There’s little denying that the U.S. economy is on the upswing since the recession. Manufacturing is strong, jobless claims are falling and wages are rising. Delta Airlines recently announced that it will be giving its 80,000 employees $1.1 billion in profit sharing, while Wal-Mart unveiled plans to hike its minimum wage to $9 an hour in April.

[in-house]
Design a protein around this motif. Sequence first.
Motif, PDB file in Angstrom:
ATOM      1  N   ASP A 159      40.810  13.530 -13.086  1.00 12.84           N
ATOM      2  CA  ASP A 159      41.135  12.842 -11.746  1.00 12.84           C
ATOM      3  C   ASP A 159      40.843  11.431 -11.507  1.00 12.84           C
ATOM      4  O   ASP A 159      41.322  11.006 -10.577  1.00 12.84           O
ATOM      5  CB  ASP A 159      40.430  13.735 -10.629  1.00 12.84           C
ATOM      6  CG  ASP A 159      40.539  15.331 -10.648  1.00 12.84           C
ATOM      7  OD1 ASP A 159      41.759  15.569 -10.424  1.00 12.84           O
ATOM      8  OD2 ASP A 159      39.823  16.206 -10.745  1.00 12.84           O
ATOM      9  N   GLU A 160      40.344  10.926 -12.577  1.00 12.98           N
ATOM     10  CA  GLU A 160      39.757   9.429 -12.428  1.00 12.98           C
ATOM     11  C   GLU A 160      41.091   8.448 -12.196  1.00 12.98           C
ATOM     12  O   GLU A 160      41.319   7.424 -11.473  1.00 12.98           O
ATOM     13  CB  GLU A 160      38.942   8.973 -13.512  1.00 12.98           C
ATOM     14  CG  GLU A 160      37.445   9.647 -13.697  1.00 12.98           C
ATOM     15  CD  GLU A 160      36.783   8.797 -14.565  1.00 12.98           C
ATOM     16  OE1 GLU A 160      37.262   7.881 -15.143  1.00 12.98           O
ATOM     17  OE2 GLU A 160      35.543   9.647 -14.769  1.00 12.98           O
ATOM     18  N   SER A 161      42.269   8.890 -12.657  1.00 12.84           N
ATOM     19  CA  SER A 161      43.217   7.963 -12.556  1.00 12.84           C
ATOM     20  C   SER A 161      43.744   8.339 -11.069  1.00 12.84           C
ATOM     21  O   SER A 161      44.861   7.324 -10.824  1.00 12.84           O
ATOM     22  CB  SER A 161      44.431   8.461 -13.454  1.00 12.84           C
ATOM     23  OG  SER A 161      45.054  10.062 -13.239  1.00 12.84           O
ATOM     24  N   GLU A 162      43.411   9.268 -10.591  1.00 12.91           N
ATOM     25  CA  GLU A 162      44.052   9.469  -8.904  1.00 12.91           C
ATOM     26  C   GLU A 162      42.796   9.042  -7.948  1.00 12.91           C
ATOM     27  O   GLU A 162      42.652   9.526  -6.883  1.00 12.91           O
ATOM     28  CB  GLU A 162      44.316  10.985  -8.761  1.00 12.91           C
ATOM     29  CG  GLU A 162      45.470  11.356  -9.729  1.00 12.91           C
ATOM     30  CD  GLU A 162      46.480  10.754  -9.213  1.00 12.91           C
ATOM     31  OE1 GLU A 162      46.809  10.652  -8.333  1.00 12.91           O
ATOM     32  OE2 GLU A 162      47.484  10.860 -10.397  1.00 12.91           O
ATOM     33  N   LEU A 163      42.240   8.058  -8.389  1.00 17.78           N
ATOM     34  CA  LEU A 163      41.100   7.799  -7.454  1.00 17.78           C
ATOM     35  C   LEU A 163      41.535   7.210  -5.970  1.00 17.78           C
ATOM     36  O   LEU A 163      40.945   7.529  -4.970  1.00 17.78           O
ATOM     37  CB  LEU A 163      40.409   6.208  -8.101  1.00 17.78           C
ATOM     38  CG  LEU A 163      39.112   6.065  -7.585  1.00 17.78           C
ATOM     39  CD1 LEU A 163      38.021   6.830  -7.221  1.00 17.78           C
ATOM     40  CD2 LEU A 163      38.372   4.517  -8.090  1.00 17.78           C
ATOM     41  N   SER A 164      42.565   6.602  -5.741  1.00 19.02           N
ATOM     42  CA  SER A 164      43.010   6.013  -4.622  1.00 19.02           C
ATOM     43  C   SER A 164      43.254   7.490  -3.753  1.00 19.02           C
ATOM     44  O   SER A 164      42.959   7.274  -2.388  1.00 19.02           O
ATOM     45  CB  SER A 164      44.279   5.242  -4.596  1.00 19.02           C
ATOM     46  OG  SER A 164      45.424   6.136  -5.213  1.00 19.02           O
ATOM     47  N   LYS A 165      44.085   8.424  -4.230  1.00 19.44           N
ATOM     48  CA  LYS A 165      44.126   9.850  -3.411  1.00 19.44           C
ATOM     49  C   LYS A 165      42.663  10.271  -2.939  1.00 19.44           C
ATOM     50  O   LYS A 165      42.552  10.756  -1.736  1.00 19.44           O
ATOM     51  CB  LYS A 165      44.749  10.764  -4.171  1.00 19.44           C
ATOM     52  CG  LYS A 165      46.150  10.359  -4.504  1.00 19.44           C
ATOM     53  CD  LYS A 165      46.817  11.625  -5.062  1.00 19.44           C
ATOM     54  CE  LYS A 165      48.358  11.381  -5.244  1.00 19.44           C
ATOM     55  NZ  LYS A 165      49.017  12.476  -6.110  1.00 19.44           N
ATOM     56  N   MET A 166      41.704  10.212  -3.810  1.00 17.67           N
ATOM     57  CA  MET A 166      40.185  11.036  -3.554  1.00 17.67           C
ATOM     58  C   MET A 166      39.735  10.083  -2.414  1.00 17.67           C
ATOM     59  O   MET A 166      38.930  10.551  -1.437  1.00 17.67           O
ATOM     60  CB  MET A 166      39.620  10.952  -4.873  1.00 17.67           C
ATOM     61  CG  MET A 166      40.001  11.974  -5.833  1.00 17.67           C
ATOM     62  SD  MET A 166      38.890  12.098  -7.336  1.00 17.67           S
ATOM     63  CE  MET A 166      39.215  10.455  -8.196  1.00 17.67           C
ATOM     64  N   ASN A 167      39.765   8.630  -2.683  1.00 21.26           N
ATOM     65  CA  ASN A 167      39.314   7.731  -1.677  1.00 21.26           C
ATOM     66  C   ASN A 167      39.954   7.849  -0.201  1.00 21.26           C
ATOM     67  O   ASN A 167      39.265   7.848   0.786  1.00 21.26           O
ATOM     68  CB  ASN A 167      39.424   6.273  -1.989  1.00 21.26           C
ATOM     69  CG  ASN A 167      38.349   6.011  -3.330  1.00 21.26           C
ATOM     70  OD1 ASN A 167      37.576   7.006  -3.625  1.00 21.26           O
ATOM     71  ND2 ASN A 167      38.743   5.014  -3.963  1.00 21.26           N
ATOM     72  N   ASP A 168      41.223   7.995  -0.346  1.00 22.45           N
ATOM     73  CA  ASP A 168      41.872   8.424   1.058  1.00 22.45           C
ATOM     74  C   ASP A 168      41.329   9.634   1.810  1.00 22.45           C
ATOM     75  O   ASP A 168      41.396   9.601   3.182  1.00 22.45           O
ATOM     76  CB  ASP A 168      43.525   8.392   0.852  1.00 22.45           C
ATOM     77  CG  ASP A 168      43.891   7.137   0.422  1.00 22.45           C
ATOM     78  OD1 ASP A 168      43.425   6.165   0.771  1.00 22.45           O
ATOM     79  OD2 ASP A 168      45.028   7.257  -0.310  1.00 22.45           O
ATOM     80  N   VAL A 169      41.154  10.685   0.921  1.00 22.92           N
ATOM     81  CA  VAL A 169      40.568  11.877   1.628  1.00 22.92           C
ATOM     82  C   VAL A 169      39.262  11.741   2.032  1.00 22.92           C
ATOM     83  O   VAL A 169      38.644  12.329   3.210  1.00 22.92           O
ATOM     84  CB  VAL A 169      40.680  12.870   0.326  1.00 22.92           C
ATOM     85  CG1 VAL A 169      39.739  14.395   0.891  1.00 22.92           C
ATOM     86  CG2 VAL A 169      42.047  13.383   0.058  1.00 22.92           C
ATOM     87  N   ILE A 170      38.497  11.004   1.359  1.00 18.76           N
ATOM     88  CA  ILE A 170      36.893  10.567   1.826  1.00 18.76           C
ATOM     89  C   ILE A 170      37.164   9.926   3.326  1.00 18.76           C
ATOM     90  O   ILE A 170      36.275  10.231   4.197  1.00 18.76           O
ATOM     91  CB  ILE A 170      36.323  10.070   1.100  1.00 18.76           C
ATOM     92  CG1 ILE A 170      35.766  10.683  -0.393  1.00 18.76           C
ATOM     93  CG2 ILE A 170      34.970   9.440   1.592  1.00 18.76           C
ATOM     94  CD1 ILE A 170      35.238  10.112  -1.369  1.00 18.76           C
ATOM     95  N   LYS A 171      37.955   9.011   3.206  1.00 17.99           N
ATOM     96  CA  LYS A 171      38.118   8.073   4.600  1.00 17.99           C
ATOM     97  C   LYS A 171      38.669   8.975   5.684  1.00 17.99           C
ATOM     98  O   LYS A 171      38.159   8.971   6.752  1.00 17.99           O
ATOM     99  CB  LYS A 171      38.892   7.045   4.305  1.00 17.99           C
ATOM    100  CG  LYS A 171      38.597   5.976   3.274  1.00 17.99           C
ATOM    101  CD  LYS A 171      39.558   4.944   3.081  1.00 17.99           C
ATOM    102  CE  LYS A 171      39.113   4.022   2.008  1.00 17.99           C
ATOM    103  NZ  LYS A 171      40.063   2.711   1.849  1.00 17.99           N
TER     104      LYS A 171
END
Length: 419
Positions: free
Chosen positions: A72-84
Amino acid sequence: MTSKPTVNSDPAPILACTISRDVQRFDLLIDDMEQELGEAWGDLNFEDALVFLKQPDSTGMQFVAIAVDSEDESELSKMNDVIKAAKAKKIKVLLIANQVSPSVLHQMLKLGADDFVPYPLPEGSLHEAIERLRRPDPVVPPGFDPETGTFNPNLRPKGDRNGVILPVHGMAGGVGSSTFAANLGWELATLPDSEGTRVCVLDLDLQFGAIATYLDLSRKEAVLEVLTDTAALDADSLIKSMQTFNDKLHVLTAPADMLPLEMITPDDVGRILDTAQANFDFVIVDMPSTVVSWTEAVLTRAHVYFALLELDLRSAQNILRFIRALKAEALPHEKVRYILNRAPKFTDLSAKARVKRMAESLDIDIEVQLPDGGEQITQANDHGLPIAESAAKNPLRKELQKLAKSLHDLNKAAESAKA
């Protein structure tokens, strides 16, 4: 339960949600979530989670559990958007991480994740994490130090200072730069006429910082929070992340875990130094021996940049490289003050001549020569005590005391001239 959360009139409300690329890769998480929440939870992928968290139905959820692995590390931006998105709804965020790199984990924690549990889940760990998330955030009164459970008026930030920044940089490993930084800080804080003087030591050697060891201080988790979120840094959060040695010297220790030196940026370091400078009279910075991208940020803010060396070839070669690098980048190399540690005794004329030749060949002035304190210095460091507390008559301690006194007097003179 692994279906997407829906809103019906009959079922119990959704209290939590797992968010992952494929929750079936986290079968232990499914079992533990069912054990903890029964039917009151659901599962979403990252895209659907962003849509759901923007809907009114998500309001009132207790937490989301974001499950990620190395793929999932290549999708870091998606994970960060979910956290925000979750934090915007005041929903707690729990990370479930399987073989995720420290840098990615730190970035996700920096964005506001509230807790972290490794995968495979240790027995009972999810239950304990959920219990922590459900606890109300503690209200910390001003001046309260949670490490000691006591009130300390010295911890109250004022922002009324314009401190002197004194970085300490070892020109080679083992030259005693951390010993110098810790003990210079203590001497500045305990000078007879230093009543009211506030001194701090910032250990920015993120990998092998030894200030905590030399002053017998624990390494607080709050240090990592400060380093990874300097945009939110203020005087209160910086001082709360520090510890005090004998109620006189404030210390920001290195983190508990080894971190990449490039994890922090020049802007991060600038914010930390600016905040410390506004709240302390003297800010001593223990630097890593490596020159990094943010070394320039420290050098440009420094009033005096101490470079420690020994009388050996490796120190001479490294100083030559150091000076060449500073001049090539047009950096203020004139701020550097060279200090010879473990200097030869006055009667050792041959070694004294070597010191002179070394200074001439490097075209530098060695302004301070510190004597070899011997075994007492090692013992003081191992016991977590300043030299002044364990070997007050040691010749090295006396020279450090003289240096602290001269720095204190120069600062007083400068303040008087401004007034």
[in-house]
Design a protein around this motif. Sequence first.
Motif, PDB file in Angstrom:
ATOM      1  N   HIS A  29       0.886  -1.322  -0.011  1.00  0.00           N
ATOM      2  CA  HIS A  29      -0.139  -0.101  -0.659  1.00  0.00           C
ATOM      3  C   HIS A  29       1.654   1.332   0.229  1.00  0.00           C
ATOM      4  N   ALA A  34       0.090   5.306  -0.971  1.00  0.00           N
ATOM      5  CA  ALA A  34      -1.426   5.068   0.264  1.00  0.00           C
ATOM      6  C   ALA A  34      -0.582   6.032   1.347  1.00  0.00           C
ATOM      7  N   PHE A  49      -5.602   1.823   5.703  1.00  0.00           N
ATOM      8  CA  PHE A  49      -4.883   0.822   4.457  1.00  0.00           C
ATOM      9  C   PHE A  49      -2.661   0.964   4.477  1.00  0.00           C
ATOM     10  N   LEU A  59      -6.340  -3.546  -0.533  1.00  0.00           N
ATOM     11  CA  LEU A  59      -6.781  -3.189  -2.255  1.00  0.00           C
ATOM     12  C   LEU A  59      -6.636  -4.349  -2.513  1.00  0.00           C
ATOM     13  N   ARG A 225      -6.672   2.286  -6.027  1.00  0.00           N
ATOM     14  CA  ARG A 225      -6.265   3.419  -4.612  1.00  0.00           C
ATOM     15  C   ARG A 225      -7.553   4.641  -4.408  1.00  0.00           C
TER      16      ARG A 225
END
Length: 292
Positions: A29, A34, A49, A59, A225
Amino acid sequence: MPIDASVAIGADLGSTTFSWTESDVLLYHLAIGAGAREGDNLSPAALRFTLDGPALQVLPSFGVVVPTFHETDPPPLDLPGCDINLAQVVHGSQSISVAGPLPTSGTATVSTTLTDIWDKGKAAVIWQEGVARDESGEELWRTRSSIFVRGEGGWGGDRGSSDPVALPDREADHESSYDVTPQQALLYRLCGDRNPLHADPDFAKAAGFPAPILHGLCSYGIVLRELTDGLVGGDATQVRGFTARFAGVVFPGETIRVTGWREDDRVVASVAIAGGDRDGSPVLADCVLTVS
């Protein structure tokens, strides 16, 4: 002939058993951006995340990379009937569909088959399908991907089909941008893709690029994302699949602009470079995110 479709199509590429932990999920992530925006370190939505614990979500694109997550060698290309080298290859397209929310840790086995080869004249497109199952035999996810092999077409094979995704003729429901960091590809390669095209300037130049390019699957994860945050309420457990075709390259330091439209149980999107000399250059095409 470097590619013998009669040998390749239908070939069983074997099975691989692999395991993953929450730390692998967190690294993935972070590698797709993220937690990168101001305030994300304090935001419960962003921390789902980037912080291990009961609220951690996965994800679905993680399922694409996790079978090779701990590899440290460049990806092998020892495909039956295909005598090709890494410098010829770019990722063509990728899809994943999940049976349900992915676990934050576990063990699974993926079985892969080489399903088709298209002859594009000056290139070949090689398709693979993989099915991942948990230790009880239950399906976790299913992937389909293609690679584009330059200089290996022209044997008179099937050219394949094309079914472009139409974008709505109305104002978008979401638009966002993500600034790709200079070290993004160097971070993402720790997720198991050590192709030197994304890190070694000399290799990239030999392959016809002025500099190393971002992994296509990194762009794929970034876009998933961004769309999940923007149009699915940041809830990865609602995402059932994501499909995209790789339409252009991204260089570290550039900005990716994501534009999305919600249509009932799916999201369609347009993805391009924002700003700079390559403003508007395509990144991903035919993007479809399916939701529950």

Indeed, things are shaping up here in the U.S., but unfortunately this has not been the case in Europe. From Greek drama to Russian aggression, bad news seems to be the order of the day.
Because of central banks’ monetary easing, weakening currencies and low fuel costs—courtesy of the American fracking boom—Europe is finally showing signs that it’s ready to turn the corner and set a path toward lasting economic recovery.